Remote data collection on violence against children during COVID-19: A conversation with experts on research priorities, measurement and ethics (Part 2)
Part two of his two part report from UNICEF presents a conversation with experts on research priorities, measurement and ethics for collecting data with these vulnerable groups. This is framed in the context of COVID-19, which may lead to an increased risk of violence as a result of compounding structural, interpersonal and individual-level risk factors - including the increased economic strain placed on families, stay-at-home orders, school closures and other COVID-19 response measures.
This paper provides an overview of the risk and protective factors for child abuse and neglect in families. It includes a comprehensive list of common risk and protective factors. The resource is designed for practitioners and policy-makers who work in the areas of child maltreatment. Identification of risk and protective factors can be used develop targeted approaches to reducing child abuse and neglect, and to inform direct intervention in cases where children are at risk of harm.
Safety of children in care 2020–21
The Australian Institute of Health and Welfare (AIHW) has released this web report providing baseline data from a new national data collection on the safety and abuse of children in care. The report found that 1,442 children were the subject of a substantiation of abuse in care, of whom 46 per cent were Aboriginal and Torres Strait Islander children. The AIHW will undertake ongoing monitoring and reporting of this issue, with improvements and expansion of data collection taking place over time.
The impacts of child sexual abuse: A rapid evidence assessment
The Independent Inquiry into Child Sexual Abuse (IICSA) has published a summary report of the existing evidence for the impact of child sexual abuse. The report shows that child sexual abuse is associated with an increased risk of negative outcomes in all areas of victims and survivors’ lives, and can play out at any stage of the survivor’s life. The report also highlights some gaps in the existing literature, including the impact of child sexual assault on older survivors, minority ethnic groups, and on lesbian, gay bisexual and transgender people.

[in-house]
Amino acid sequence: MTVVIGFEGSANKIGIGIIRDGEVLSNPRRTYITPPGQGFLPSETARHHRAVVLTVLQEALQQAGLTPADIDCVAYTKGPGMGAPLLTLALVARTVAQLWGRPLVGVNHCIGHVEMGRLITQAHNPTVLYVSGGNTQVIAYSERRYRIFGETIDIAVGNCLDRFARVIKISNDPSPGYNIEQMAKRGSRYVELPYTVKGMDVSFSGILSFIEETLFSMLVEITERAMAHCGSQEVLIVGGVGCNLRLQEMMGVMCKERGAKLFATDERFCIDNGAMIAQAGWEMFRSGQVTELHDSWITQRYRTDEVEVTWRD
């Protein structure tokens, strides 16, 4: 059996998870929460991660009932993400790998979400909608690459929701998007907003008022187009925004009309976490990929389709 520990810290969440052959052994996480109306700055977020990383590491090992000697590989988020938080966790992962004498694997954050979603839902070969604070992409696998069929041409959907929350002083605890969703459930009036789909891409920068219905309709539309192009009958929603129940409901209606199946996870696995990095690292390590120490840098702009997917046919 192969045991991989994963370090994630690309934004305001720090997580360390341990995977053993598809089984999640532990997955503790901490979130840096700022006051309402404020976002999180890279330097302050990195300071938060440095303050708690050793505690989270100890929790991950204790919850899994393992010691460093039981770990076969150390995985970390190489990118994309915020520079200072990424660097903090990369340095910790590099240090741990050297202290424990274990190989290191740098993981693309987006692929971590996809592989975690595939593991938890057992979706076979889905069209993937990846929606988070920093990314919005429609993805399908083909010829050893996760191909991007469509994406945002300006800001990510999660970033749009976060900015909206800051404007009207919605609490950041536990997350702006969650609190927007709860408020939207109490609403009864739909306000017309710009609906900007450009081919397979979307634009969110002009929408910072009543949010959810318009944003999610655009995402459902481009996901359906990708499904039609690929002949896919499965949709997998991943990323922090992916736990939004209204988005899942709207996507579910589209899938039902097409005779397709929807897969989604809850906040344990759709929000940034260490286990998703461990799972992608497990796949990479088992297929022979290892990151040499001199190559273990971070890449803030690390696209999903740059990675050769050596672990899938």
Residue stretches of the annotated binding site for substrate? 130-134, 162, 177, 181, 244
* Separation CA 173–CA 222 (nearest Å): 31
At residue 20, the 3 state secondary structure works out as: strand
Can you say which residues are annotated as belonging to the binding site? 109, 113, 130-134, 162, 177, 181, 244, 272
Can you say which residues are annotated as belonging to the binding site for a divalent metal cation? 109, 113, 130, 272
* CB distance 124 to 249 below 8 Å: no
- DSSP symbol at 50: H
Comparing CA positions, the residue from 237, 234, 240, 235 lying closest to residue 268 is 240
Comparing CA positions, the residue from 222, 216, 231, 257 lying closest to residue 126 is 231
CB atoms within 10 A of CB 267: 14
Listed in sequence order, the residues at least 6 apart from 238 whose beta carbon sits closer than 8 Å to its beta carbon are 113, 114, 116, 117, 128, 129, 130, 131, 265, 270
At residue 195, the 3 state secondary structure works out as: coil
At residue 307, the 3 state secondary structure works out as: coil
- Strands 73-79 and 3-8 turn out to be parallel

Child abuse and neglect can take many different forms. This resource sheet discusses the different forms that child abuse and neglect may take, including physical abuse, neglect, emotional maltreatment, exposure to family violence, and sexual abuse. There are significant gaps in Australian research into the prevalence of the different forms of child abuse and neglect, and to date; there has been no comprehensive, nationwide study into its prevalence. To try and fill this knowledge gap, the paper provides a review of ten Australian studies that have examined the prevalence of child maltreatment in its different forms.
The same four walls: Isolation, separation and lockdowns in the Victorian Youth Justice System
This inquiry undertaken by Victoria’s Commission for Children and Young People considers the use of isolation, separation and lockdown practices in Victorian youth justice facilities. The review highlights issues of understaffing, poor transparency and extensive use of restrictive practices, particularly in the period between February 2015 and July 2016. The report makes a series of recommendations to improve practices, including adequate response to mental health needs, sufficient staffing, and compliance with policy and legislation design to protect children.